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Thursday, 5 April, 2018 - 2:00 pm

I recently read this piece entitled “A Grandparents Answering Machine.”

This is how it works.

Good morning . . . At present we are not at home but, please leave your message after you hear the beep. Beeeppp...

1. If you are one of our children, dial 1 and then select the option from 1 to 5 in order of "arrival" so we know who it is.

2. If you need us to stay with the children, press 2.

3. If you want to borrow the car, press 3.

4. If you want us to wash your clothes and do the ironing, press 4.

5. If you want the grandchildren to sleep here tonight, press 5.

6. If you want us to pick up the kids at school, press 6.

7. If you want us to prepare a meal for Sunday or to have it delivered to your home, press 7.

8. If you want to come to eat here, press 8.

9. If you need money, dial 9.

If you are going to invite us to dinner, or taking us to the theater, start talking … we are listening!

Do you have a tendency to despair over lost opportunities? Or, do you have a tendency to feel inadequate about what you intend to do in the future?

Well, you’re in good company. Often, when we think of Moses, we remember him as the great spiritual leader who led the Jews out of slavery in Egypt. But we forget that Moses doubted himself too.

At the burning bush, G-d appeared to Moses and told him to return to Egypt to free the Jews. Instead of immediately complying, Moses argued with G-d and said that in the past he had tried to help the Jews but failed. He felt the Jews would not take him seriously and that Pharaoh wouldn’t listen to him either. He had a stuttering problem that made him self-conscious. He felt unqualified for the task.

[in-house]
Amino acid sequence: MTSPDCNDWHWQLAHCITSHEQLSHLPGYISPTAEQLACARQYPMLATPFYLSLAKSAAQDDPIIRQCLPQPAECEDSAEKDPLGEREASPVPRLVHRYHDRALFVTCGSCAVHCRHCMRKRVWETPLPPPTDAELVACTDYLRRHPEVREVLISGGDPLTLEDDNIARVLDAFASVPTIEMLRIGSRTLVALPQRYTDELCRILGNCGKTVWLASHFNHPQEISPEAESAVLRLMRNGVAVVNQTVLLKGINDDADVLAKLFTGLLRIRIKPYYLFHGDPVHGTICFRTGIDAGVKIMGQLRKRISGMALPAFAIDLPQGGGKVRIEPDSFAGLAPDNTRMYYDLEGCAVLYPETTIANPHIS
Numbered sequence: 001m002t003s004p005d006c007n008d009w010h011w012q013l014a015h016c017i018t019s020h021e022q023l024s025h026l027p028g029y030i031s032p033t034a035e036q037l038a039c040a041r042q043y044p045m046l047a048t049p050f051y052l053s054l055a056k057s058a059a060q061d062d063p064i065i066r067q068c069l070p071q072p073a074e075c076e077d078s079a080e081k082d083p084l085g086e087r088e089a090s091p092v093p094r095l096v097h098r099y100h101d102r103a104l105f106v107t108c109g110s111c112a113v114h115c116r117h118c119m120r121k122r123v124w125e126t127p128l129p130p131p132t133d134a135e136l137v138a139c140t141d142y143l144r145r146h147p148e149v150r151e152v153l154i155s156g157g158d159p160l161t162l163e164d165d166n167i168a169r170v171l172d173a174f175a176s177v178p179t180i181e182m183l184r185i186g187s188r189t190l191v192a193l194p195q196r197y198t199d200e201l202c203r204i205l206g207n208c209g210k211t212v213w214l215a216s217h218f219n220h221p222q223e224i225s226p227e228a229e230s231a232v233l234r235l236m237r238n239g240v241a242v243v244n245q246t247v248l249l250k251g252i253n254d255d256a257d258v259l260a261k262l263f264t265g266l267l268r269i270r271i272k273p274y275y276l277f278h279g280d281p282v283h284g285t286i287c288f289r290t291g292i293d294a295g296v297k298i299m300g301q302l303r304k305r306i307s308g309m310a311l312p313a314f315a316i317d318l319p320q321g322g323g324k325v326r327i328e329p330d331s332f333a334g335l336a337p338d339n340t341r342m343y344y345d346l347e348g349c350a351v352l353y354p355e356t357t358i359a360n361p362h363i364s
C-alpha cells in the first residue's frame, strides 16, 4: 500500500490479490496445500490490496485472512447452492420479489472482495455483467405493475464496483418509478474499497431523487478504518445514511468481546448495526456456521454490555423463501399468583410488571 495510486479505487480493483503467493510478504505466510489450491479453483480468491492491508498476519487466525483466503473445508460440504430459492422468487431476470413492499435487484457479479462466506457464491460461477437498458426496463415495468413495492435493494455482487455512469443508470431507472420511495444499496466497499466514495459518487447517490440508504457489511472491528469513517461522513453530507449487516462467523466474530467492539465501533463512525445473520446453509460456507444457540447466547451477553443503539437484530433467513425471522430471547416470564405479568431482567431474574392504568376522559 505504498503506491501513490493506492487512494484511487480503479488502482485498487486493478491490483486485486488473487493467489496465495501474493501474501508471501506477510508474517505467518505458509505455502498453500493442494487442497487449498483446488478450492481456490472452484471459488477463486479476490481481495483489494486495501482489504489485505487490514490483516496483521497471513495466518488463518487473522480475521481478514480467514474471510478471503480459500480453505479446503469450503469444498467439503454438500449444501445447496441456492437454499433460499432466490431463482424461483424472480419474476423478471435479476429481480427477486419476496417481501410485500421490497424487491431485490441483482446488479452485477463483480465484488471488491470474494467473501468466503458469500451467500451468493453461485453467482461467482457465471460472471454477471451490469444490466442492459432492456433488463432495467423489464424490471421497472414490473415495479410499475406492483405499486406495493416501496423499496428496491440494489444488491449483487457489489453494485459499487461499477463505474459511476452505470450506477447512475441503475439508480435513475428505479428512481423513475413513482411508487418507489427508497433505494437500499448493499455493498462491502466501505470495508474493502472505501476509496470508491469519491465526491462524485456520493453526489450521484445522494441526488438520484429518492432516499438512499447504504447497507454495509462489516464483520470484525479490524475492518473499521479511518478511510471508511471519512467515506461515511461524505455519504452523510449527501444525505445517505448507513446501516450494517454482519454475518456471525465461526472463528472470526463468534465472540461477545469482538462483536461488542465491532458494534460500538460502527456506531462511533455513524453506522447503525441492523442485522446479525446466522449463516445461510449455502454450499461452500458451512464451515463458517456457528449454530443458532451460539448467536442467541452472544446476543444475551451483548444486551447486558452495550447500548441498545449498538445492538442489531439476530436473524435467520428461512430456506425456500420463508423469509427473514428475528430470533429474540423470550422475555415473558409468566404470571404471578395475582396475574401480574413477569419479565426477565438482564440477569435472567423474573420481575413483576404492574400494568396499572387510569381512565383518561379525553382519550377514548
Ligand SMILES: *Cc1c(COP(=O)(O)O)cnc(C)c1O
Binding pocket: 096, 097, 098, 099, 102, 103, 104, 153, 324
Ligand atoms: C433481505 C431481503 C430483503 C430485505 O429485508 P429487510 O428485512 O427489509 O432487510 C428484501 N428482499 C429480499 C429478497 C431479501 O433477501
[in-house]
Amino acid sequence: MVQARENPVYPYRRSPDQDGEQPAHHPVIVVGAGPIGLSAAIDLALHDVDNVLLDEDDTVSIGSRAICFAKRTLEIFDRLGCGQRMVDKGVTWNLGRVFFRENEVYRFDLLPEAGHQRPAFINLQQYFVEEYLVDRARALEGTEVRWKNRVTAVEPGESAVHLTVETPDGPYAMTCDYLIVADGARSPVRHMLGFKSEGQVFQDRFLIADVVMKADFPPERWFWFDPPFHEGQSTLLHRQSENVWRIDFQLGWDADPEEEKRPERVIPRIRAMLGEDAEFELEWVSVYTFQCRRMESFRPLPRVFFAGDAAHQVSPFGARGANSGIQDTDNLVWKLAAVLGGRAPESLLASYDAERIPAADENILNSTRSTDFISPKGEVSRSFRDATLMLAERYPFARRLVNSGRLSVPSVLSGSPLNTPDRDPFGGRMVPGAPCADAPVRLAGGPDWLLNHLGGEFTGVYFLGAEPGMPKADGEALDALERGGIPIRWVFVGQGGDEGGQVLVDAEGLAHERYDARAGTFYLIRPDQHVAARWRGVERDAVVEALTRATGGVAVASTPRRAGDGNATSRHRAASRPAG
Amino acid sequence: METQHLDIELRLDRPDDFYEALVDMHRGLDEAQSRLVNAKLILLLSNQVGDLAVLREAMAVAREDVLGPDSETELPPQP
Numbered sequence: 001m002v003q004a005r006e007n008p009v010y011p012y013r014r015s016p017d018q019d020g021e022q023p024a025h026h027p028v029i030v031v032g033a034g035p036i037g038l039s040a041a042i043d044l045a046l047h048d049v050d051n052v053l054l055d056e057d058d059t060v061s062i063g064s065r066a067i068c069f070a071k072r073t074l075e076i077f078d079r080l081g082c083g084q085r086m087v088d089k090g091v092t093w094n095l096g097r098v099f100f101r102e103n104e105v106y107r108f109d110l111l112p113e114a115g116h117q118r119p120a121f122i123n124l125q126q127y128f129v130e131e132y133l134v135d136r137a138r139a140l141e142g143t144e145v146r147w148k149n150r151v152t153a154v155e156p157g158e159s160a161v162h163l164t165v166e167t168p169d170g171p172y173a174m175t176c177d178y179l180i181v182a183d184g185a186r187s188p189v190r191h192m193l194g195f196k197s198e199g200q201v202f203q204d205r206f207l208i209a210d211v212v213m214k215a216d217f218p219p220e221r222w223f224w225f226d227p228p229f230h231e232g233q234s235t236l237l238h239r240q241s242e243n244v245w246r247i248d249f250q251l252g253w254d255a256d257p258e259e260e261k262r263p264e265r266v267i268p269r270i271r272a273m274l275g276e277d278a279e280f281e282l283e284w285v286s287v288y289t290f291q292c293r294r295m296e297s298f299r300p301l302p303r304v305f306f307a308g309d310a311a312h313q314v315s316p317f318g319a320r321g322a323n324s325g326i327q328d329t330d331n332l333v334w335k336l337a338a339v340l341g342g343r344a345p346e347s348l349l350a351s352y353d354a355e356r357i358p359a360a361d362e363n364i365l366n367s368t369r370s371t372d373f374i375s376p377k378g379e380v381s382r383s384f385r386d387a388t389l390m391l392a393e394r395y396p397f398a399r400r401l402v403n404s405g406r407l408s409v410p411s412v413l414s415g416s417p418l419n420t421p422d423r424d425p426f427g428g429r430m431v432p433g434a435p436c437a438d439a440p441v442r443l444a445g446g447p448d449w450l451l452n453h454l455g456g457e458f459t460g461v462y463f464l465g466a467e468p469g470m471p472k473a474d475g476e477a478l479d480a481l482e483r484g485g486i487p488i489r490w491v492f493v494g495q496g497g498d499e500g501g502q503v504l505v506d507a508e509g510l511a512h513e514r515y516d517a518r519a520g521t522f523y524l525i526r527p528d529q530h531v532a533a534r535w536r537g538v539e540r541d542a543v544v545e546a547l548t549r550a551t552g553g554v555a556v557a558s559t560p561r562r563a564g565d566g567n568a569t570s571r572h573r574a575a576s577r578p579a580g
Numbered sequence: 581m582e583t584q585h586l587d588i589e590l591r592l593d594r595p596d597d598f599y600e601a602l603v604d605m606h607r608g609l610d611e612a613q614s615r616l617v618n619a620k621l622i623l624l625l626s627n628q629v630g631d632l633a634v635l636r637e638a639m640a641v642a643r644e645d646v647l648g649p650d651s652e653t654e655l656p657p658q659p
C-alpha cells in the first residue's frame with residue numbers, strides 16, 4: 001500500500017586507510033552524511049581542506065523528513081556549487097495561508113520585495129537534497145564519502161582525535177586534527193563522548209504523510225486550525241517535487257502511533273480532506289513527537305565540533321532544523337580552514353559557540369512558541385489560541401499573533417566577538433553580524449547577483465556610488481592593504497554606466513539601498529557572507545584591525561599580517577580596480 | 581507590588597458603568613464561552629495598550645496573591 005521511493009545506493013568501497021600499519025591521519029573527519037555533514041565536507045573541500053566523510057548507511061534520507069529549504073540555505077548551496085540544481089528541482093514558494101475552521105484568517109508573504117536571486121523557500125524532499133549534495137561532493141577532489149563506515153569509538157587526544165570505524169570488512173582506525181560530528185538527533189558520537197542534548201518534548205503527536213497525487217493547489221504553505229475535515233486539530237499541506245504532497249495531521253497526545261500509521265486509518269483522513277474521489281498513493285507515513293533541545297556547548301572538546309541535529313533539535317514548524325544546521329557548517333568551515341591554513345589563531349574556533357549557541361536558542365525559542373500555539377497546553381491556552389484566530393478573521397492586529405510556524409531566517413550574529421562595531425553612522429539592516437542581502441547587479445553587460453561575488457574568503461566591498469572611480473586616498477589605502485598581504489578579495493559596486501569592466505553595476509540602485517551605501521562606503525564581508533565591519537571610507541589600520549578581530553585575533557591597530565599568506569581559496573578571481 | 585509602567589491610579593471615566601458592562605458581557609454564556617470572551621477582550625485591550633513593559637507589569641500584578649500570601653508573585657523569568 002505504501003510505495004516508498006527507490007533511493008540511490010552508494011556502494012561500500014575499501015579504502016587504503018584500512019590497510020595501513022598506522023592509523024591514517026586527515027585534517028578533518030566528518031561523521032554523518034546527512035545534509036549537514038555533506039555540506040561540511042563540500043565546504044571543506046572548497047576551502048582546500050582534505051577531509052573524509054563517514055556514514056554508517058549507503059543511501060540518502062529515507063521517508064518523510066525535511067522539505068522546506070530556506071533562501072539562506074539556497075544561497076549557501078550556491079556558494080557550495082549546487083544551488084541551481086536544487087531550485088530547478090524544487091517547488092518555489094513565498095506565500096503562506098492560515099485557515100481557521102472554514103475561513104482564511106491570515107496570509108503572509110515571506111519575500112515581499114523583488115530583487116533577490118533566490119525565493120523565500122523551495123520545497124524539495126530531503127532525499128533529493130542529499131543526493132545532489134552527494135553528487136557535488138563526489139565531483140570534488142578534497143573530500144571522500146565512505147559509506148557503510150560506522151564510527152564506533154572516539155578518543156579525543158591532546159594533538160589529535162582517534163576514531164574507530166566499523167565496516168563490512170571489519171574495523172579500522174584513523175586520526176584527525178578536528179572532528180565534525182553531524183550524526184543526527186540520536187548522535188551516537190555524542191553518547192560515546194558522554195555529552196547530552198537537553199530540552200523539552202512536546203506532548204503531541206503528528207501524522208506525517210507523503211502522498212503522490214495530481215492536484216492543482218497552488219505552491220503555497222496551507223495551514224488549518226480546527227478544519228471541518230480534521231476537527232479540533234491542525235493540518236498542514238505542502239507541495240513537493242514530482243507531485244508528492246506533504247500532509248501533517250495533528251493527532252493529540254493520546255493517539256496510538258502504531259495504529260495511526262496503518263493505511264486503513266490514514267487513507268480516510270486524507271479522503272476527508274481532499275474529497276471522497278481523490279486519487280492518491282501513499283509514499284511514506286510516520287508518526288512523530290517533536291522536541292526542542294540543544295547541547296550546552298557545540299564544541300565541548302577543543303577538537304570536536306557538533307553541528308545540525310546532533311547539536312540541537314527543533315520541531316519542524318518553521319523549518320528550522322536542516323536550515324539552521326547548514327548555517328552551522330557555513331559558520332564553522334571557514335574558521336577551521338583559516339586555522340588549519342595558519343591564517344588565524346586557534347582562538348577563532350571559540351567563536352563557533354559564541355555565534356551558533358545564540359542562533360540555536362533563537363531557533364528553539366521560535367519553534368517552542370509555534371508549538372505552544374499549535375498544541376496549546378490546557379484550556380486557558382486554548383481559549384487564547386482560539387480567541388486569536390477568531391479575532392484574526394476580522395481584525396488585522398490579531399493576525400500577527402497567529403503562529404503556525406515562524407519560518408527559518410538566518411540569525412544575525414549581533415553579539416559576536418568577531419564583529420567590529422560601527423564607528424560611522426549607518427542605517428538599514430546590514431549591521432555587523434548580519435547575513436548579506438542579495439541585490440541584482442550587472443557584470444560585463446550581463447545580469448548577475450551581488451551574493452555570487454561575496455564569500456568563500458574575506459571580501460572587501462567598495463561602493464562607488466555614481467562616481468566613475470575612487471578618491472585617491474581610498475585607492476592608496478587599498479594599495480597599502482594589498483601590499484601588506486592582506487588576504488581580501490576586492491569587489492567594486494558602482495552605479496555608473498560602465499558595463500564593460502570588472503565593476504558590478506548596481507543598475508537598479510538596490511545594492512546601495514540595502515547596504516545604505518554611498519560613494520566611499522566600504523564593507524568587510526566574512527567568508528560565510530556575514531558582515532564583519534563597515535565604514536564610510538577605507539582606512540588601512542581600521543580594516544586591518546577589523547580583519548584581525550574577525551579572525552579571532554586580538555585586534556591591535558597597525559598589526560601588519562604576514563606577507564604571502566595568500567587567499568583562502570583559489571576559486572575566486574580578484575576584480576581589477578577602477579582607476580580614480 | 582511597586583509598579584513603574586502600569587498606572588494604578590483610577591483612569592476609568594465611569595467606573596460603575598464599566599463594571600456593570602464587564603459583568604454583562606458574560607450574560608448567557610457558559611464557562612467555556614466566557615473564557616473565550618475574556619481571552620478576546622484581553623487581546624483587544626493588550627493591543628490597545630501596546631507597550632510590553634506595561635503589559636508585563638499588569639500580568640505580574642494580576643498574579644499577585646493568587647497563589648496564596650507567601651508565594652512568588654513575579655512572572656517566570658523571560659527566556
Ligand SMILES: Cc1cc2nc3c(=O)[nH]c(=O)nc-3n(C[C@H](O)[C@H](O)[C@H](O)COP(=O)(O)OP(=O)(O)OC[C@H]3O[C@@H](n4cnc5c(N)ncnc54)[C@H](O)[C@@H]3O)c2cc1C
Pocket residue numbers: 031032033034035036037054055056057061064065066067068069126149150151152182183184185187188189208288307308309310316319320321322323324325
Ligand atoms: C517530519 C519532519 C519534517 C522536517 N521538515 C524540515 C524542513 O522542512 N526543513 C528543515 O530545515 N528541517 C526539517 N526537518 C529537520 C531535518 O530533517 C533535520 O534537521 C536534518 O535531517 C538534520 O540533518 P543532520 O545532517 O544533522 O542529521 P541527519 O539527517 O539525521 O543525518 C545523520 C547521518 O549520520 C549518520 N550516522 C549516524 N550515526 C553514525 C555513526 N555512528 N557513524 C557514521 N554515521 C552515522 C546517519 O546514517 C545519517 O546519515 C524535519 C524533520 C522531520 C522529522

Then G-d simply said to Moses: What do you have in your hand?” You see, G-d shifted Moses’ attention away from anxiety over the past and future. He said, in essence, use what you have now.

“You have a staff in your hand, use it.”

G-d showed Moses that it didn’t matter what he thought he needed. The Creator of the universe can take what you have and turn it into whatever it needs to be in order for you to accomplish what He’s called you to accomplish.

We can all make excuses: “I’m not qualified. I’ve made too many mistakes. I don’t have the talent, the eloquence, the personality, the confidence.”

G-d says: “I know all that. I created you. But what do you have in your hand? All I ask is that you use it.”

Moses said, “G-d, not me. I stutter. I can’t go speak to Pharaoh.”

G-d said, “Moses, don’t worry about it. What do you have in your hand? I’m giving you what you need.”

Before slaying Goliath, David probably thought, “G-d, I’m too little, too young, too inexperienced. Goliath is a talented, powerful, confident warrior. How can I fight him?”

And G-d said, “David, I know that. I know you don’t have air support or helicopters backing you up. But what do you have in your hand? A slingshot with some pebbles? Use it!”

Esther said, “G-d, I can’t go in there and speak to the king. He will not listen to me. I’m an orphan. I don’t have any influence. He may kill me.”